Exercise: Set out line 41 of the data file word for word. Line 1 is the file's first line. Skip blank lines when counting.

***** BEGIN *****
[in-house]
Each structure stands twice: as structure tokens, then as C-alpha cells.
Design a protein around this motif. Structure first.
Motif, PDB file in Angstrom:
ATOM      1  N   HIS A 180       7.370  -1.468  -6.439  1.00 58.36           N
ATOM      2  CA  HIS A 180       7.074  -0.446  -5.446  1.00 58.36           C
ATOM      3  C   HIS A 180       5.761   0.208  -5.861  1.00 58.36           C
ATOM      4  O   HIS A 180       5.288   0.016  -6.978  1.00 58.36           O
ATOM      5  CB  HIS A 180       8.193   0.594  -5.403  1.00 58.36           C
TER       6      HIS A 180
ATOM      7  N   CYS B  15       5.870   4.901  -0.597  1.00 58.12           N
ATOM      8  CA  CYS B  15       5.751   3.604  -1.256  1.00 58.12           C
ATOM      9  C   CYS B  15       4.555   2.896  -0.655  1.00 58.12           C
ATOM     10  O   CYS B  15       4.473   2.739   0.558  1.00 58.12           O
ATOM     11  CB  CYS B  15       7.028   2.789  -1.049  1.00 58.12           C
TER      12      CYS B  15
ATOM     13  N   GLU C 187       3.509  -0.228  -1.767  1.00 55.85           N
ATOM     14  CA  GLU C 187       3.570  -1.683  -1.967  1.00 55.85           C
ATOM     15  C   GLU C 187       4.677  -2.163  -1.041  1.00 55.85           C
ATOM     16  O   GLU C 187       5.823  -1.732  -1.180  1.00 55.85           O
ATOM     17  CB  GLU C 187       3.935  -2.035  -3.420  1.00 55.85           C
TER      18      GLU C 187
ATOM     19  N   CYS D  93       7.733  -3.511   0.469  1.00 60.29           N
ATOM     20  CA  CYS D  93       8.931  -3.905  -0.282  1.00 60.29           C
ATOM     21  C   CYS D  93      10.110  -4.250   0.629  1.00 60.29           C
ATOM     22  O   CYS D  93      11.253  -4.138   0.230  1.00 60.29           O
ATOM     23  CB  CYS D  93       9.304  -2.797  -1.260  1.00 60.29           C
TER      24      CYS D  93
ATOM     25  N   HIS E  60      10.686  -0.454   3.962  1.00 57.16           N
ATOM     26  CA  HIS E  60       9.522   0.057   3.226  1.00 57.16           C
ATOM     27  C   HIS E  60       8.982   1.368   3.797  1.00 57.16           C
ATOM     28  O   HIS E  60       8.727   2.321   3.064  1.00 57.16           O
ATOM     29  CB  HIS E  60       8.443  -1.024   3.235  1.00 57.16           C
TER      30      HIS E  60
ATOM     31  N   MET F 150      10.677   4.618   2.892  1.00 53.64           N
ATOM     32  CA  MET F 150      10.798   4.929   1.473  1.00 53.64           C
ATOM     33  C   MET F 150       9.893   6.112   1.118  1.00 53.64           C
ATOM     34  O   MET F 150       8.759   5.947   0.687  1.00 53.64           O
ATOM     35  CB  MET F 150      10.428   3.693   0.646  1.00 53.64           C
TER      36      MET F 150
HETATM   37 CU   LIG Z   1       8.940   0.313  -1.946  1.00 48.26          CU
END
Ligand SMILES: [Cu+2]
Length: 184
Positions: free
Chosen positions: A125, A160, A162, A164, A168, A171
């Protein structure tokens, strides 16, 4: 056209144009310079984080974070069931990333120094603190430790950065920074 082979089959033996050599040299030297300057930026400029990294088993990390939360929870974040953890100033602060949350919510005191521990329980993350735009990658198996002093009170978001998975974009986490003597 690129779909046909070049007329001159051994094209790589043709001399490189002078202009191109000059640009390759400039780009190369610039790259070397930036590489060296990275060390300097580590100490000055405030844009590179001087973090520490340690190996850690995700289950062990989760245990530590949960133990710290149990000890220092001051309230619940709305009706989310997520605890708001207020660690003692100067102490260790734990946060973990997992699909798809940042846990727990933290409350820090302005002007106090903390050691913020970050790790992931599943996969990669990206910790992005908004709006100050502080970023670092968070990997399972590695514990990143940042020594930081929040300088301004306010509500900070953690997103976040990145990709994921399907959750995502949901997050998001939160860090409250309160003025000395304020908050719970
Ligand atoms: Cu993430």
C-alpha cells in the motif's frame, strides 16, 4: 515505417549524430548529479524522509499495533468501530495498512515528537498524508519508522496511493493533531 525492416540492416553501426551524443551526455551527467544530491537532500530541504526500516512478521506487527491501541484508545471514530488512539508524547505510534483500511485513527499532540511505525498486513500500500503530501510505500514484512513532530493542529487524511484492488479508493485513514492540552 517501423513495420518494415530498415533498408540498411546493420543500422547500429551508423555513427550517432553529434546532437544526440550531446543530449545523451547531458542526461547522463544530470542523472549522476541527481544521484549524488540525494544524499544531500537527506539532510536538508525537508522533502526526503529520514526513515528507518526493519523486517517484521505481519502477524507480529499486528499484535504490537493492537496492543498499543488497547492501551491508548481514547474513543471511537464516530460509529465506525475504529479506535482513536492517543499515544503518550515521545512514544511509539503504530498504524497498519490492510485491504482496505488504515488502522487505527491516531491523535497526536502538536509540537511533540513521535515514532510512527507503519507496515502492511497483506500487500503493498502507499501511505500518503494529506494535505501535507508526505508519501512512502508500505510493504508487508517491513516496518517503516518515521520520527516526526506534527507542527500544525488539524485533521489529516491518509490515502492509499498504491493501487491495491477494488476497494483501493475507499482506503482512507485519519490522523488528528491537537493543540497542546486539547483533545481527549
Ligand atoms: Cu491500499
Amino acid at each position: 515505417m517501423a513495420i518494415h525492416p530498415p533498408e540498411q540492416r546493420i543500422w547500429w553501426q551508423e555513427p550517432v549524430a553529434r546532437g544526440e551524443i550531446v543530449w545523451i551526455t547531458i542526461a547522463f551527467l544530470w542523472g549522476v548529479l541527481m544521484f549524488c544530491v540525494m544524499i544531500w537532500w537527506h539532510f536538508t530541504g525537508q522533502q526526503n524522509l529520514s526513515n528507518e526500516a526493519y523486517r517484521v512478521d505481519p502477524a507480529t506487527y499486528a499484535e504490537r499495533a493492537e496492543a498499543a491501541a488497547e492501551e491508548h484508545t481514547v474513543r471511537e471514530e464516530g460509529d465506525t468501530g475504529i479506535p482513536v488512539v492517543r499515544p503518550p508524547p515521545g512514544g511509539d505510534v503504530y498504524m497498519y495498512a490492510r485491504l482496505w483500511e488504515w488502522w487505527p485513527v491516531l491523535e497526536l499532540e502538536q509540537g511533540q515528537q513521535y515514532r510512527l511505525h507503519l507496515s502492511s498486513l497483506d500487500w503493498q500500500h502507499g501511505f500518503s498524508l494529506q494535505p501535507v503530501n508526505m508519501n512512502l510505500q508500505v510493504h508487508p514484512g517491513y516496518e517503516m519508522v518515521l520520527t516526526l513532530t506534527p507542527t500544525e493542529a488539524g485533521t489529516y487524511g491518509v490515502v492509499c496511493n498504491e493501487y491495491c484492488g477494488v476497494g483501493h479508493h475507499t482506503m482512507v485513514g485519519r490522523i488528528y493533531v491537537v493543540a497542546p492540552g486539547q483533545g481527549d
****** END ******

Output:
HETATM   37 CU   LIG Z   1       8.940   0.313  -1.946  1.00 48.26          CU